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Demonstrators protest against President-elect Donald Trump in front of Trump Tower. Americans spilled into the streets for multiple nights of protests throughout the nation after a very divisive presidential election. (Photo: Kena Betancur/AFP/Getty Images)

What Does Trump’s Proposed Cabinet Tell Us About The Next Four Years?

Dan Carter

Donald Trump will not be sworn in as President until January 20, 2017 (although you wouldn’t know it from his tweets).   But  his choice of staff and cabinet members gives us insight into the shape of his policies for the next four years. 

It is not a reassuring picture.      

Steve Bannon will be chief adviser. Dismisses global warming.  As the publisher of Breitbart News the internet site became the main sewer for anti-Semites, racists, homophobes, xenophobes and misogynists. He famously advised Trump followers to “turn on the hate.”

Michael Flynn, Trump’s National Security Adviser.  Dismisses global warming. Fired as head of the National Security Agency for administrative incompetence.  Spread rumors Hillary Clinton was a money launderer and child molester.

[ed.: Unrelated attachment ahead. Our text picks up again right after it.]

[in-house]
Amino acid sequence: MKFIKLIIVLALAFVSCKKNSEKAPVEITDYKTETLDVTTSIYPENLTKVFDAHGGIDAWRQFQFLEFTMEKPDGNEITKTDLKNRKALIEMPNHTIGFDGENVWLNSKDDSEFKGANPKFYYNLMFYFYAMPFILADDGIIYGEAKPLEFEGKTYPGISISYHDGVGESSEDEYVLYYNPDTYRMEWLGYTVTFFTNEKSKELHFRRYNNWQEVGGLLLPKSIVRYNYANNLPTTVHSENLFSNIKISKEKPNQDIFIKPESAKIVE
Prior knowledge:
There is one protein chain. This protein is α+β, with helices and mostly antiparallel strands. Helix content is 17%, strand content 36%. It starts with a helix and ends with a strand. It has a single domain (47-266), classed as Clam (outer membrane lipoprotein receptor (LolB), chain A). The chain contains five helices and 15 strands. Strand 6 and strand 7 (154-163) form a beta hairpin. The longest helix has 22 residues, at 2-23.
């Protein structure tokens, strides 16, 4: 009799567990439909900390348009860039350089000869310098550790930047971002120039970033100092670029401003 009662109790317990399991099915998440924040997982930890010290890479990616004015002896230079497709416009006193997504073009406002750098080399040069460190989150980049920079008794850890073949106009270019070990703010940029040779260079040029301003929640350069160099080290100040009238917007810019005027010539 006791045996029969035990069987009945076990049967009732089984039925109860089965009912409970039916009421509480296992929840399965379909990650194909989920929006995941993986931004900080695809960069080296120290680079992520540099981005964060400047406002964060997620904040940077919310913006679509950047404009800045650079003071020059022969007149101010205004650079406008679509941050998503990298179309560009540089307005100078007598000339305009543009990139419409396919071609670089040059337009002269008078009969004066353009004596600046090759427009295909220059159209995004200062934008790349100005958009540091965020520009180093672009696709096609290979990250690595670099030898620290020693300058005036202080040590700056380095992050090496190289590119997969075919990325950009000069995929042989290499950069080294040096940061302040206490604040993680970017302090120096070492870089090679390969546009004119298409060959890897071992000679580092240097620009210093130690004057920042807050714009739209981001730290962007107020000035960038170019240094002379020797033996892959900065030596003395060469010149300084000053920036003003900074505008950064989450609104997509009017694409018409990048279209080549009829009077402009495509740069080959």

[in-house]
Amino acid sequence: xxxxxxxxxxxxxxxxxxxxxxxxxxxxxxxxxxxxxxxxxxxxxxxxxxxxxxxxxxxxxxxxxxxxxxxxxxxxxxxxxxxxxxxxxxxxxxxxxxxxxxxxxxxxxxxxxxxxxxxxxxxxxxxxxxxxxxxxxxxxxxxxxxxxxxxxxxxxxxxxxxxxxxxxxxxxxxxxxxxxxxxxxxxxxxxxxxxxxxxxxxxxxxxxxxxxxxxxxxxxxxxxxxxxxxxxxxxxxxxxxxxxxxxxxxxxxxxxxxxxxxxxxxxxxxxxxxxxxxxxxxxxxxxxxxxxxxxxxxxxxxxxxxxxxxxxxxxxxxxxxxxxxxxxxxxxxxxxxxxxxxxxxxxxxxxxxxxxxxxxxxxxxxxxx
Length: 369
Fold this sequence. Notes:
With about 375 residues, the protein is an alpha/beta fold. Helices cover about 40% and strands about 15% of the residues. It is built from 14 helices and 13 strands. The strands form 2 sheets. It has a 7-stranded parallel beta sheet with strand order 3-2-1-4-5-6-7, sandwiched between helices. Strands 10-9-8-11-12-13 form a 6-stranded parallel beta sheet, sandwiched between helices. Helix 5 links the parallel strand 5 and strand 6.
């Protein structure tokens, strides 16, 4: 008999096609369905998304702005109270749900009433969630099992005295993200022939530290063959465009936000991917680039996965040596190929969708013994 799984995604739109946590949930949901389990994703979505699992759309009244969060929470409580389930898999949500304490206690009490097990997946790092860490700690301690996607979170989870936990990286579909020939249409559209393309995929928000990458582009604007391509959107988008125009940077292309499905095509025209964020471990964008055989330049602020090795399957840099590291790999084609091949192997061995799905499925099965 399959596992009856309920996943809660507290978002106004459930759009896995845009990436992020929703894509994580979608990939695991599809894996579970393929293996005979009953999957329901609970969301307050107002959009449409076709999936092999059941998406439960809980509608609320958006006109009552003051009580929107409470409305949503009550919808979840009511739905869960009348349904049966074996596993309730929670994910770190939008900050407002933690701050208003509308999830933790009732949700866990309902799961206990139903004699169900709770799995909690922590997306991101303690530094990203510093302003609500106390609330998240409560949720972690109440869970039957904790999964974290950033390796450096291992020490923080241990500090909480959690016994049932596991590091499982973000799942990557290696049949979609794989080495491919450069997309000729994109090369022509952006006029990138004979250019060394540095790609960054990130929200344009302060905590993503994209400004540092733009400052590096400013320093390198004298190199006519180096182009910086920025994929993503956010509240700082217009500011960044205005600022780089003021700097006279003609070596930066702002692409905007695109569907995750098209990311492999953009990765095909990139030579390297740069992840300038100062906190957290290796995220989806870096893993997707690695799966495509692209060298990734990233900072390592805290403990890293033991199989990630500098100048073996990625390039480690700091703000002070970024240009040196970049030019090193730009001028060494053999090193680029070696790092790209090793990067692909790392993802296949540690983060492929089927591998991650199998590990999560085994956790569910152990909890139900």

Mike Pompeo to head the CIA.  Dismisses global warming.  Pompeo rejected the findings of five non-partisan congressional investigations on Benghazi  that essentially dismissing charges against Hillary Clinton.  Has said that President Obama sympathized completely with violent Jihadists,

Tom Price—Health and Human Services.  Dismisses global warming.  Congressman Price (R-Ga)  sponsored legislation to abolish the Affordable Care Act, repeal the 2013 expansion of Medicaid and sharply reduce funding for existing Medicaid recipients as well as the Children’s Health Insurance Program. Would replace Social Security and Medicare with reduced  block grants.